I remember when I just started my machine learning journey, I was overwhelmed a lot. Lots of technical jargon. Some are digestible, some are completely going above my head.
If you’re a beginner, I can feel you. This is the new series I’m rolling out to explain some of the common jargons in the machine learning community. Each post will be short, to the point, without any fluff and intuitive enough to understand by any beginner. So, keep an eye out.
These are the records/samples/ data points we choose from the whole dataset we’ve to train the model.
These are the examples which help our model to make a guess, and measure how well it did and then repeat but next time, make a reasonable guess. This is what we call learning phase in which model learns the hidden pattern and insight from the data that is helpful for the task we want to do, be it a regression, classification, ranking or whatever else.
I hope it’s clear now what train set means.
After training your model on the train set, we need to evaluate the performance of the trained model, to see how well it’s has learned the patterns. Now you should not evaluate the performance of the model on the train set because you’ve used the same example points to train it.
Analogy: Just like testing yourself on the same material that you’ve used to learn the skill is not the good parameter to test how much you’ve actually learned.
But before understanding the validation set, we need to dive deep a little bit and understand the mechanics of machine learning algorithm more. Make sure that you understand the difference between parameters and hyperparameters of the model, and if you don’t, check out this thread.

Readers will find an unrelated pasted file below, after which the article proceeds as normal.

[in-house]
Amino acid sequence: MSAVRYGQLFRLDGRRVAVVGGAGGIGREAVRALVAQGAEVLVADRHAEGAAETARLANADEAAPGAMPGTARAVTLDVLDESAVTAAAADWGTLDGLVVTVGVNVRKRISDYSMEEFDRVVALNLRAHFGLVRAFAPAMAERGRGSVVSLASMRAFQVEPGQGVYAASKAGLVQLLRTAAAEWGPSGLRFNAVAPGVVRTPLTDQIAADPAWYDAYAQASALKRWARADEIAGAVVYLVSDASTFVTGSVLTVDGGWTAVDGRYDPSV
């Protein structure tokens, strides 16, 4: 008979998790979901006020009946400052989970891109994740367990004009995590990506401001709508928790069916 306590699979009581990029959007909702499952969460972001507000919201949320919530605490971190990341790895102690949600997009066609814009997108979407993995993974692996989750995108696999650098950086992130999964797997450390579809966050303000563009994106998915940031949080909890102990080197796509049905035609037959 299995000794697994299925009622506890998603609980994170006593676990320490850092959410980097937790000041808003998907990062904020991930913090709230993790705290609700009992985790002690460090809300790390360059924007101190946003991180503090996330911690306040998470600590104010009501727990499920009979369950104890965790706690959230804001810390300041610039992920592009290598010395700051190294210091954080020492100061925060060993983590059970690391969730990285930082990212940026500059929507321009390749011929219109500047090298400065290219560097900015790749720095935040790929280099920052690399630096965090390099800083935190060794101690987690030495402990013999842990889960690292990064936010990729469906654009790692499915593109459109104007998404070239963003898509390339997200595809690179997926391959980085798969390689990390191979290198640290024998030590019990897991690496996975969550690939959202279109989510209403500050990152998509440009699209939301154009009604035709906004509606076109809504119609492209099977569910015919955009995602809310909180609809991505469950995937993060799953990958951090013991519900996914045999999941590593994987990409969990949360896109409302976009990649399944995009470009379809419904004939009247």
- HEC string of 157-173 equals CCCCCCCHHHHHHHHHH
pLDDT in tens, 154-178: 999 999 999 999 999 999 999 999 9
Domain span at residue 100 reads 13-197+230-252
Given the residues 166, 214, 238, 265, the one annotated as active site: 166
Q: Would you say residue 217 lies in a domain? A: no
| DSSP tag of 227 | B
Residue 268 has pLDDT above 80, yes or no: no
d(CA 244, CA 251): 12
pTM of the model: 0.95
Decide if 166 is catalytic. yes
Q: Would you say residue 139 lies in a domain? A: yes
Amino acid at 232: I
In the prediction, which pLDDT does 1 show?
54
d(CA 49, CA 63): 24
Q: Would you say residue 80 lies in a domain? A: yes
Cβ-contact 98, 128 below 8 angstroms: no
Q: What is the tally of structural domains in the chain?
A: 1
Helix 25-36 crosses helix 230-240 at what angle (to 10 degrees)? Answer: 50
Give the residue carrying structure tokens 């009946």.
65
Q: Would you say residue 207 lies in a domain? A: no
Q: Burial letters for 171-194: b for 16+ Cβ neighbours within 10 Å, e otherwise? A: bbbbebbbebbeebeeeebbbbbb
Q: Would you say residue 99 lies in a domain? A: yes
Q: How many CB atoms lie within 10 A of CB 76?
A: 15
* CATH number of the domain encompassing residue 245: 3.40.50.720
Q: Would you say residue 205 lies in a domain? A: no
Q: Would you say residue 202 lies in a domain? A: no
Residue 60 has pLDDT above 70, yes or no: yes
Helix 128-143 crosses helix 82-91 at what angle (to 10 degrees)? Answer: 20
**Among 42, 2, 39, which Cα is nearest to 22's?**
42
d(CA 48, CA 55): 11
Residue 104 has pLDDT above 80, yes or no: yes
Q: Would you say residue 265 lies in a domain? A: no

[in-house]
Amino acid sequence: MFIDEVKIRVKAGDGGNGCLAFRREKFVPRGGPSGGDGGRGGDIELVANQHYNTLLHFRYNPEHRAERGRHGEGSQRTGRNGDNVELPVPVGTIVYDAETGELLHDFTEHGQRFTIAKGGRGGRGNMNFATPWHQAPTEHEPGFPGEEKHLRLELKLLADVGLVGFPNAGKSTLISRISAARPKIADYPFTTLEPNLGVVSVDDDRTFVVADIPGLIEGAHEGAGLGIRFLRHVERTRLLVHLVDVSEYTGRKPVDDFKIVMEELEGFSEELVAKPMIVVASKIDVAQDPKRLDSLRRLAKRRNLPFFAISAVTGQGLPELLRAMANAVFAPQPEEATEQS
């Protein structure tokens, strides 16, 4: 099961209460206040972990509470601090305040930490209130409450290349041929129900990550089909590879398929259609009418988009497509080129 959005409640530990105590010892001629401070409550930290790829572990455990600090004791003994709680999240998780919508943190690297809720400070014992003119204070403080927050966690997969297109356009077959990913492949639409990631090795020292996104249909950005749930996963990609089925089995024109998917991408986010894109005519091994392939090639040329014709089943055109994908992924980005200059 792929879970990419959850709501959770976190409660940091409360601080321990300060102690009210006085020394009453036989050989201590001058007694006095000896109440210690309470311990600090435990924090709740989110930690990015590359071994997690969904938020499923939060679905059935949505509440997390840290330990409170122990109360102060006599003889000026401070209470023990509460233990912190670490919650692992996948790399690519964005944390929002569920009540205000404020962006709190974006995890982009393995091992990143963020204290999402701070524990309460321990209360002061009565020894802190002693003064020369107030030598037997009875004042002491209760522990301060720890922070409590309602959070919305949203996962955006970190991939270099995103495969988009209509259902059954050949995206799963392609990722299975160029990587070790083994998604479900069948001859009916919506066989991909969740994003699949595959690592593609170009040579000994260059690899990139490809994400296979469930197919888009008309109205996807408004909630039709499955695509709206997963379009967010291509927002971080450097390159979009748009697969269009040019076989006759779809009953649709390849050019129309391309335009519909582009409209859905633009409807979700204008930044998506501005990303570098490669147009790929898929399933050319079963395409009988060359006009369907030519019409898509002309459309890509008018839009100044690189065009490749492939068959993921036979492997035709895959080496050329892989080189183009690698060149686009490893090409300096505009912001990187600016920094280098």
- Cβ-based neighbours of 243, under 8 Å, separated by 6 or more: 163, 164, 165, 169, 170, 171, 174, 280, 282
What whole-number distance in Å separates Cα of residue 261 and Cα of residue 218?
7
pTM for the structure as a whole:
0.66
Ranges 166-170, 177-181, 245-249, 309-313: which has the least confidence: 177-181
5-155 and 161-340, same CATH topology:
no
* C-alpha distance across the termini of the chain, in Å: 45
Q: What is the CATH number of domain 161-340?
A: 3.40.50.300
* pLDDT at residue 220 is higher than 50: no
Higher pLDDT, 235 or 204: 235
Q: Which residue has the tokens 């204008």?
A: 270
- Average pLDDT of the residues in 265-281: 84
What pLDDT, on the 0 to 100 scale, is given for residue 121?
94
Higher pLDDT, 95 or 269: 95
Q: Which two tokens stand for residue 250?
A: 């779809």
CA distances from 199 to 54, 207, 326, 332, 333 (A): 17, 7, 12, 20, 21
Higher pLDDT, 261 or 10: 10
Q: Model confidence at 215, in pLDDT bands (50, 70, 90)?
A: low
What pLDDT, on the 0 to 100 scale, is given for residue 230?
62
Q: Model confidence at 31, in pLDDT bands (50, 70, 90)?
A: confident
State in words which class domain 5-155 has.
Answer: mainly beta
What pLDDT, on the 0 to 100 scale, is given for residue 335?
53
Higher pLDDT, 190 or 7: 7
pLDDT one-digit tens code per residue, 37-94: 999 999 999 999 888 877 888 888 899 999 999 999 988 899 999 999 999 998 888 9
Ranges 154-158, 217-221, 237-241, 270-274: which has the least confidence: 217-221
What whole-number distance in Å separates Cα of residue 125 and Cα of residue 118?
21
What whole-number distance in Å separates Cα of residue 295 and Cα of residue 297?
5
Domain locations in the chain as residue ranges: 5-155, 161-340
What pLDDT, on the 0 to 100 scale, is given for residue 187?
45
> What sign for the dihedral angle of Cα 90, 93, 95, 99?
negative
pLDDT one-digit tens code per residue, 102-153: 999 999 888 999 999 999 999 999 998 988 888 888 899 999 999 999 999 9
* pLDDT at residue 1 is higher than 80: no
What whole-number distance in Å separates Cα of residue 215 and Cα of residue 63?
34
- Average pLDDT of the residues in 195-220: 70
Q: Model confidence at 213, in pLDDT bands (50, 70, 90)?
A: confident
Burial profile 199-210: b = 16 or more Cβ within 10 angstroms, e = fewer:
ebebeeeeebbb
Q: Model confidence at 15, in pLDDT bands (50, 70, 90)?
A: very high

Time for a Quiz. Think then move onto the answer.
Q: The performance of our model depends on:
a) Data only.
b) Learning hyperparameters.
c) Selection of model.
d) Other steps in pipeline like data cleaning, data understanding, and featurization.
e) All of the above.
Yup. the answer is
E. All of the above.
We’ve covered the training process for one model. But we try different models with different settings to find which one is working out best out there, but not any model, a model that performs well for our chosen business metric [KPI].
But first answer this: How you will select the best basketball team from a country?
Conduct league matches between different teams of the same city. Choose the best team from each of the city. Then conduct final matches to select the best team out of those selected teams in the previous round. Pretty simple and easy to understand.
The same goes for machine learning. Here different cities are different learning algorithms like
Logistic Regression, Naive bayes, Decision tree, Support vector machines, and many more .
Ex: Linear regression: One city. Different models in this city= Linear regression with different hyperparameter values and different featurization techniques. Select the best model from this city using the validation set.
Do this for every different algorithm you’re going to try.
To select the best model, choose the best model from each of the city models via validation score values.
We use the train and validation set to train the model and select the model with the best hyperparameter and different settings.
Then for what purpose Test set is used for?
Before deploying the model, we want to get a sense of how the model will behave in a real-world setting to decide even it’s fruitful to deploy it or not?
This is where the test set helps us.
Remember, we should only pass the test set through the model only once. And we usually do it in the end.
But why not use the validation set for this purpose too? Because we’ve already used it to select the best model. Doing so, will not give us the real results. This problem is also known as
DATA LEAKAGE in the machine learning world.
Train set: a set of data points to train the model.
Validation set: a set of data points to select the best model.
Test set: a set of data points you used to evaluate the performance of the model to see how the model will behave in real-world settings.
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